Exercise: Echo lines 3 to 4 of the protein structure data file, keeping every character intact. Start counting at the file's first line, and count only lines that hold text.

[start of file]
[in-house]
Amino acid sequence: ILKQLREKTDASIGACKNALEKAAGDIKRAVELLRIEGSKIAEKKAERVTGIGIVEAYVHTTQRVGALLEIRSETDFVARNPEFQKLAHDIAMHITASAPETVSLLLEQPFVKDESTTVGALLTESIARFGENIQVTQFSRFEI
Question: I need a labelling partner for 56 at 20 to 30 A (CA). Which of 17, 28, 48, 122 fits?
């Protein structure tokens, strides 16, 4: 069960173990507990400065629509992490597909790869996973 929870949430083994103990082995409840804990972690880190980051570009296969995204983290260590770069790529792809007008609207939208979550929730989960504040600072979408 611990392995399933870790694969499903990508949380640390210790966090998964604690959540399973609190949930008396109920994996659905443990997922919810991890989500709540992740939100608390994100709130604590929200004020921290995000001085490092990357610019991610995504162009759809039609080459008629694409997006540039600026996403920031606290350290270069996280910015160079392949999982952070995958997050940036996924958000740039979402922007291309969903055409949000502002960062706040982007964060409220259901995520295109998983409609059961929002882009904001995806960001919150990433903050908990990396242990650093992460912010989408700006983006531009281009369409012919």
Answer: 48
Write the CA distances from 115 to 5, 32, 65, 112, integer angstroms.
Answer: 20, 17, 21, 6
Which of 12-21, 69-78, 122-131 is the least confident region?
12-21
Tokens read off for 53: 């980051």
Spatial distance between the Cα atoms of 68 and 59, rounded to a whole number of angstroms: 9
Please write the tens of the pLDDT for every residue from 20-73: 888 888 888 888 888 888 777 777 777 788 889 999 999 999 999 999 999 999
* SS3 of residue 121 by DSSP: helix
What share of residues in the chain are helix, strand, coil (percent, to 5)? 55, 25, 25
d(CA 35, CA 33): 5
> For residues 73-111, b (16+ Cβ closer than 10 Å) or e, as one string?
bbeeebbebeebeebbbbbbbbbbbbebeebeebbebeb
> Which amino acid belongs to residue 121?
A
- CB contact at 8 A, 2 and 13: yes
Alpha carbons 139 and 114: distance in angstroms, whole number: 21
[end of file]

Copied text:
Question: I need a labelling partner for 56 at 20 to 30 A (CA). Which of 17, 28, 48, 122 fits?
């Protein structure tokens, strides 16, 4: 069960173990507990400065629509992490597909790869996973 929870949430083994103990082995409840804990972690880190980051570009296969995204983290260590770069790529792809007008609207939208979550929730989960504040600072979408 611990392995399933870790694969499903990508949380640390210790966090998964604690959540399973609190949930008396109920994996659905443990997922919810991890989500709540992740939100608390994100709130604590929200004020921290995000001085490092990357610019991610995504162009759809039609080459008629694409997006540039600026996403920031606290350290270069996280910015160079392949999982952070995958997050940036996924958000740039979402922007291309969903055409949000502002960062706040982007964060409220259901995520295109998983409609059961929002882009904001995806960001919150990433903050908990990396242990650093992460912010989408700006983006531009281009369409012919």